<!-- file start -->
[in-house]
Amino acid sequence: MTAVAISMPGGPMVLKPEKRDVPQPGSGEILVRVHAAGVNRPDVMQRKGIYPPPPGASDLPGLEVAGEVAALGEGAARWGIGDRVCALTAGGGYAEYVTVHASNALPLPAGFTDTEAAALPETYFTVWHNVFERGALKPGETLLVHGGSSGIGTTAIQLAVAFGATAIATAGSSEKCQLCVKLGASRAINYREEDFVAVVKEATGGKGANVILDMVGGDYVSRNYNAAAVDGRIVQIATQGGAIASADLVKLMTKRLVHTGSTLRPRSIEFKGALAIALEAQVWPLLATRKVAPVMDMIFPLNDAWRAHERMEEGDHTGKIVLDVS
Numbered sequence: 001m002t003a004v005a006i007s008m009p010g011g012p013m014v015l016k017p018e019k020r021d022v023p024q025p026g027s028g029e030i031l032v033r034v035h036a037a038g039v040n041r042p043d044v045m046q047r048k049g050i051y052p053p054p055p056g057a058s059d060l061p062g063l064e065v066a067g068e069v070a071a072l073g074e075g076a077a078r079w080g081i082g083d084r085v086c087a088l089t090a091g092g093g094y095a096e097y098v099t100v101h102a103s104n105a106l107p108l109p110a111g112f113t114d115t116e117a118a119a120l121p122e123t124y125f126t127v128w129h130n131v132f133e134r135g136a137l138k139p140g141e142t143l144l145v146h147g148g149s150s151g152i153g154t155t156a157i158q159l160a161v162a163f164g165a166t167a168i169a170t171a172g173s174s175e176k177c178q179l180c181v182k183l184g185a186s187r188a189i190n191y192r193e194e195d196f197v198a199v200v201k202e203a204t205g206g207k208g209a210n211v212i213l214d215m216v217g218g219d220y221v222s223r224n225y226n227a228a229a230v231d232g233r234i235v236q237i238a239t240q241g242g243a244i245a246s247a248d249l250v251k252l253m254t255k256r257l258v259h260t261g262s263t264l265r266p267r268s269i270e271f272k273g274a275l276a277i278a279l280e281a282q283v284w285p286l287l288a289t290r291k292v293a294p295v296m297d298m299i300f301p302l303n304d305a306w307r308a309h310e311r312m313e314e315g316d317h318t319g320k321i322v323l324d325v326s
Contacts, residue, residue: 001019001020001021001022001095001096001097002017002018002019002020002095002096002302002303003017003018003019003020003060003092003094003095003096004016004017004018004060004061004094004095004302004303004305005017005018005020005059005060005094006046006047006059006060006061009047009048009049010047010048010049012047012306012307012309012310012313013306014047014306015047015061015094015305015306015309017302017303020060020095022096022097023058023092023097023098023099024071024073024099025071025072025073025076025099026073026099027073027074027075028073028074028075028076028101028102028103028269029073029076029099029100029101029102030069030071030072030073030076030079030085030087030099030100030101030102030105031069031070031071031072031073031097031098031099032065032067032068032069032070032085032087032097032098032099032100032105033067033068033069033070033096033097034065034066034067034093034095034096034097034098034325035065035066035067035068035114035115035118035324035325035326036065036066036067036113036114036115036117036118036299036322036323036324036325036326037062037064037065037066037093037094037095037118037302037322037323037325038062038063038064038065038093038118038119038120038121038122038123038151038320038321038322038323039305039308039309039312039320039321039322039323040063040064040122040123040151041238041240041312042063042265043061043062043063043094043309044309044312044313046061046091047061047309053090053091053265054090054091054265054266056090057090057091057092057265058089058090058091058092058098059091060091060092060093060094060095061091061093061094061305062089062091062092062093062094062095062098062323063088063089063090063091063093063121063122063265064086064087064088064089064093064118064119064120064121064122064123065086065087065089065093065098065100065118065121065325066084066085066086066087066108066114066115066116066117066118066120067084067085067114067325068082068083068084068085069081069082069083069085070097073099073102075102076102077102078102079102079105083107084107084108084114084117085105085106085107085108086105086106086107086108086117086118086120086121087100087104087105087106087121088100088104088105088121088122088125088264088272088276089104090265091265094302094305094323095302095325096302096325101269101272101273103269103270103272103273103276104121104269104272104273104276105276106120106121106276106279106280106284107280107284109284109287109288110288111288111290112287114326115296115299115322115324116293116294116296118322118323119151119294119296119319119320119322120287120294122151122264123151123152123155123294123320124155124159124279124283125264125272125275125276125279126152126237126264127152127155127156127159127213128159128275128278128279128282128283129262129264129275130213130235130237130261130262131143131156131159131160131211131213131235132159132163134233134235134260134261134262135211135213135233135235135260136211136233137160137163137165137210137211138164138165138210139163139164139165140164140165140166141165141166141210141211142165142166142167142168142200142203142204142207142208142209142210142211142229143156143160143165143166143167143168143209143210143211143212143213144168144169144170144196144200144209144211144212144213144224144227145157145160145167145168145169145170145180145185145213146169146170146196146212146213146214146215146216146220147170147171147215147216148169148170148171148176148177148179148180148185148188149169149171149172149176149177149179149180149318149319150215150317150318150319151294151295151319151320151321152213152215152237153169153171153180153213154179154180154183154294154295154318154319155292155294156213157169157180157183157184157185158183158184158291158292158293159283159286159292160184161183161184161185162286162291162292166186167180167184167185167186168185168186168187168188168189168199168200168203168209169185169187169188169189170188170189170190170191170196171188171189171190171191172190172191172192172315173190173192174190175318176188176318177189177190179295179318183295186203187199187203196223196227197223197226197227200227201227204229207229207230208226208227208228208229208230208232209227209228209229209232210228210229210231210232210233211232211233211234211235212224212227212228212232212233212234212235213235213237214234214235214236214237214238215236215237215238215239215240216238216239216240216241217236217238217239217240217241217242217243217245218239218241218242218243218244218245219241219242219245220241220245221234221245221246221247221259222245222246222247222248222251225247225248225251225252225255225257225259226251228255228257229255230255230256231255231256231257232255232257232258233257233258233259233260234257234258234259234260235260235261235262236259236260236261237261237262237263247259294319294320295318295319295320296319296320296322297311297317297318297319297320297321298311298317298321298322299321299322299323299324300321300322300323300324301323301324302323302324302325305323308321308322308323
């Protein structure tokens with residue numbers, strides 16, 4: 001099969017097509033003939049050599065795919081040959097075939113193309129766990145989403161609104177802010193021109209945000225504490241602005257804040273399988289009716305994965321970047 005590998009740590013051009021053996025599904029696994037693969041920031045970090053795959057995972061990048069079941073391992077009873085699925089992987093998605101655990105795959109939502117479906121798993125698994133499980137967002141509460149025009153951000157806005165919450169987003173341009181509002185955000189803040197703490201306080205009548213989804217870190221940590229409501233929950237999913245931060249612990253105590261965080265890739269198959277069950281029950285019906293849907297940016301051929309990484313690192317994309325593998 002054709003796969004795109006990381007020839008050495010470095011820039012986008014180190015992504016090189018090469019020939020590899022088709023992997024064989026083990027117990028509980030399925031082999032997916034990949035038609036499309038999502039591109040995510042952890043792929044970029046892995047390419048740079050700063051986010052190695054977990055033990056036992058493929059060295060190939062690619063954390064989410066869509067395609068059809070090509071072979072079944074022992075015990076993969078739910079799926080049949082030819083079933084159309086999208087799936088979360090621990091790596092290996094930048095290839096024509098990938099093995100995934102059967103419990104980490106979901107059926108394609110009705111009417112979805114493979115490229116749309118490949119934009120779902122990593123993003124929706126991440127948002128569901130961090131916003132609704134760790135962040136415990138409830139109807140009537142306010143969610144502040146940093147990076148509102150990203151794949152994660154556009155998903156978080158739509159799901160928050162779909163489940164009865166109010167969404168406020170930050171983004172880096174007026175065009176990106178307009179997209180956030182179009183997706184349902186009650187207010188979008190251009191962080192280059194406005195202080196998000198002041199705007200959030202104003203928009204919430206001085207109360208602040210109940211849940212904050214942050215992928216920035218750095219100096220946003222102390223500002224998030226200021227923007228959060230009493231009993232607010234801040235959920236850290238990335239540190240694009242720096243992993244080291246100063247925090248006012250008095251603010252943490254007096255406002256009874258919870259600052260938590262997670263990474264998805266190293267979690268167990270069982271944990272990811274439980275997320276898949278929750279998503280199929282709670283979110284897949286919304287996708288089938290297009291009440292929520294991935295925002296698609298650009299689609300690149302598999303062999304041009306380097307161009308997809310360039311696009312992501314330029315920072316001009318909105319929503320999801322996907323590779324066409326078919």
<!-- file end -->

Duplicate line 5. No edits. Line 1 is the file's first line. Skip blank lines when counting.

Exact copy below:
């Protein structure tokens with residue numbers, strides 16, 4: 001099969017097509033003939049050599065795919081040959097075939113193309129766990145989403161609104177802010193021109209945000225504490241602005257804040273399988289009716305994965321970047 005590998009740590013051009021053996025599904029696994037693969041920031045970090053795959057995972061990048069079941073391992077009873085699925089992987093998605101655990105795959109939502117479906121798993125698994133499980137967002141509460149025009153951000157806005165919450169987003173341009181509002185955000189803040197703490201306080205009548213989804217870190221940590229409501233929950237999913245931060249612990253105590261965080265890739269198959277069950281029950285019906293849907297940016301051929309990484313690192317994309325593998 002054709003796969004795109006990381007020839008050495010470095011820039012986008014180190015992504016090189018090469019020939020590899022088709023992997024064989026083990027117990028509980030399925031082999032997916034990949035038609036499309038999502039591109040995510042952890043792929044970029046892995047390419048740079050700063051986010052190695054977990055033990056036992058493929059060295060190939062690619063954390064989410066869509067395609068059809070090509071072979072079944074022992075015990076993969078739910079799926080049949082030819083079933084159309086999208087799936088979360090621990091790596092290996094930048095290839096024509098990938099093995100995934102059967103419990104980490106979901107059926108394609110009705111009417112979805114493979115490229116749309118490949119934009120779902122990593123993003124929706126991440127948002128569901130961090131916003132609704134760790135962040136415990138409830139109807140009537142306010143969610144502040146940093147990076148509102150990203151794949152994660154556009155998903156978080158739509159799901160928050162779909163489940164009865166109010167969404168406020170930050171983004172880096174007026175065009176990106178307009179997209180956030182179009183997706184349902186009650187207010188979008190251009191962080192280059194406005195202080196998000198002041199705007200959030202104003203928009204919430206001085207109360208602040210109940211849940212904050214942050215992928216920035218750095219100096220946003222102390223500002224998030226200021227923007228959060230009493231009993232607010234801040235959920236850290238990335239540190240694009242720096243992993244080291246100063247925090248006012250008095251603010252943490254007096255406002256009874258919870259600052260938590262997670263990474264998805266190293267979690268167990270069982271944990272990811274439980275997320276898949278929750279998503280199929282709670283979110284897949286919304287996708288089938290297009291009440292929520294991935295925002296698609298650009299689609300690149302598999303062999304041009306380097307161009308997809310360039311696009312992501314330029315920072316001009318909105319929503320999801322996907323590779324066409326078919």